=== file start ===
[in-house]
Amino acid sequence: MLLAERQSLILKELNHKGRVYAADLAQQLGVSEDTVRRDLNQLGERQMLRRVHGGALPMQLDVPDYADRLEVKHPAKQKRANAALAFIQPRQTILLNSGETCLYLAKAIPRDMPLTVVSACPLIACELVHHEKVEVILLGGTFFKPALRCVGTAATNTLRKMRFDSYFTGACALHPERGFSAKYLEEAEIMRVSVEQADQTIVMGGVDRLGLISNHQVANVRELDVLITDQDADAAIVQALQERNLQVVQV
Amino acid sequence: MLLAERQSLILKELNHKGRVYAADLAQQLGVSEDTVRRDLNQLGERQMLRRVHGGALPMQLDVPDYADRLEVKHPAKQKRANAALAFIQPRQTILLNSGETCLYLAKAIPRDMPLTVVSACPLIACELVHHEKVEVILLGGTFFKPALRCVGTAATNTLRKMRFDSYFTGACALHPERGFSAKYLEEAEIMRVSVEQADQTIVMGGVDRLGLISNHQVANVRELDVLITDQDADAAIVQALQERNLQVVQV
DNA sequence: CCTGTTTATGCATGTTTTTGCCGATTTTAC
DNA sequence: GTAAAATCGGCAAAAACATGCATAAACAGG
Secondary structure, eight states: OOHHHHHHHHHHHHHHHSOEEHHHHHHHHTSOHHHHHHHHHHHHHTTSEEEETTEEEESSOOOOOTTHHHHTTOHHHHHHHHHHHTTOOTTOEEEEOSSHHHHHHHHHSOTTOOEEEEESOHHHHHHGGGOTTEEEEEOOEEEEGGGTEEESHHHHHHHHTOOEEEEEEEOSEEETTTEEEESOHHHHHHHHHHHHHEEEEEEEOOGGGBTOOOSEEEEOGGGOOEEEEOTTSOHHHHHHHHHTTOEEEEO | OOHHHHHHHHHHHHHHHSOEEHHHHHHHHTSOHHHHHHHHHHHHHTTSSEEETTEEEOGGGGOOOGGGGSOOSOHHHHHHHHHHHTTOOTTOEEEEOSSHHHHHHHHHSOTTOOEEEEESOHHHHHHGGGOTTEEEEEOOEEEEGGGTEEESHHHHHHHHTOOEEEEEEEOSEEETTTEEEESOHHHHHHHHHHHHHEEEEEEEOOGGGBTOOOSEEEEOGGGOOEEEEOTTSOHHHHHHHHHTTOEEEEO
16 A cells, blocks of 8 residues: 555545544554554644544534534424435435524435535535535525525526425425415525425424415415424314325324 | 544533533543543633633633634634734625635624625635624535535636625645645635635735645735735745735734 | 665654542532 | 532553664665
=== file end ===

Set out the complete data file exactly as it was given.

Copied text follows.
[in-house]
Amino acid sequence: MLLAERQSLILKELNHKGRVYAADLAQQLGVSEDTVRRDLNQLGERQMLRRVHGGALPMQLDVPDYADRLEVKHPAKQKRANAALAFIQPRQTILLNSGETCLYLAKAIPRDMPLTVVSACPLIACELVHHEKVEVILLGGTFFKPALRCVGTAATNTLRKMRFDSYFTGACALHPERGFSAKYLEEAEIMRVSVEQADQTIVMGGVDRLGLISNHQVANVRELDVLITDQDADAAIVQALQERNLQVVQV
Amino acid sequence: MLLAERQSLILKELNHKGRVYAADLAQQLGVSEDTVRRDLNQLGERQMLRRVHGGALPMQLDVPDYADRLEVKHPAKQKRANAALAFIQPRQTILLNSGETCLYLAKAIPRDMPLTVVSACPLIACELVHHEKVEVILLGGTFFKPALRCVGTAATNTLRKMRFDSYFTGACALHPERGFSAKYLEEAEIMRVSVEQADQTIVMGGVDRLGLISNHQVANVRELDVLITDQDADAAIVQALQERNLQVVQV
DNA sequence: CCTGTTTATGCATGTTTTTGCCGATTTTAC
DNA sequence: GTAAAATCGGCAAAAACATGCATAAACAGG
Secondary structure, eight states: OOHHHHHHHHHHHHHHHSOEEHHHHHHHHTSOHHHHHHHHHHHHHTTSEEEETTEEEESSOOOOOTTHHHHTTOHHHHHHHHHHHTTOOTTOEEEEOSSHHHHHHHHHSOTTOOEEEEESOHHHHHHGGGOTTEEEEEOOEEEEGGGTEEESHHHHHHHHTOOEEEEEEEOSEEETTTEEEESOHHHHHHHHHHHHHEEEEEEEOOGGGBTOOOSEEEEOGGGOOEEEEOTTSOHHHHHHHHHTTOEEEEO | OOHHHHHHHHHHHHHHHSOEEHHHHHHHHTSOHHHHHHHHHHHHHTTSSEEETTEEEOGGGGOOOGGGGSOOSOHHHHHHHHHHHTTOOTTOEEEEOSSHHHHHHHHHSOTTOOEEEEESOHHHHHHGGGOTTEEEEEOOEEEEGGGTEEESHHHHHHHHTOOEEEEEEEOSEEETTTEEEESOHHHHHHHHHHHHHEEEEEEEOOGGGBTOOOSEEEEOGGGOOEEEEOTTSOHHHHHHHHHTTOEEEEO
16 A cells, blocks of 8 residues: 555545544554554644544534534424435435524435535535535525525526425425415525425424415415424314325324 | 544533533543543633633633634634734625635624625635624535535636625645645635635735645735735745735734 | 665654542532 | 532553664665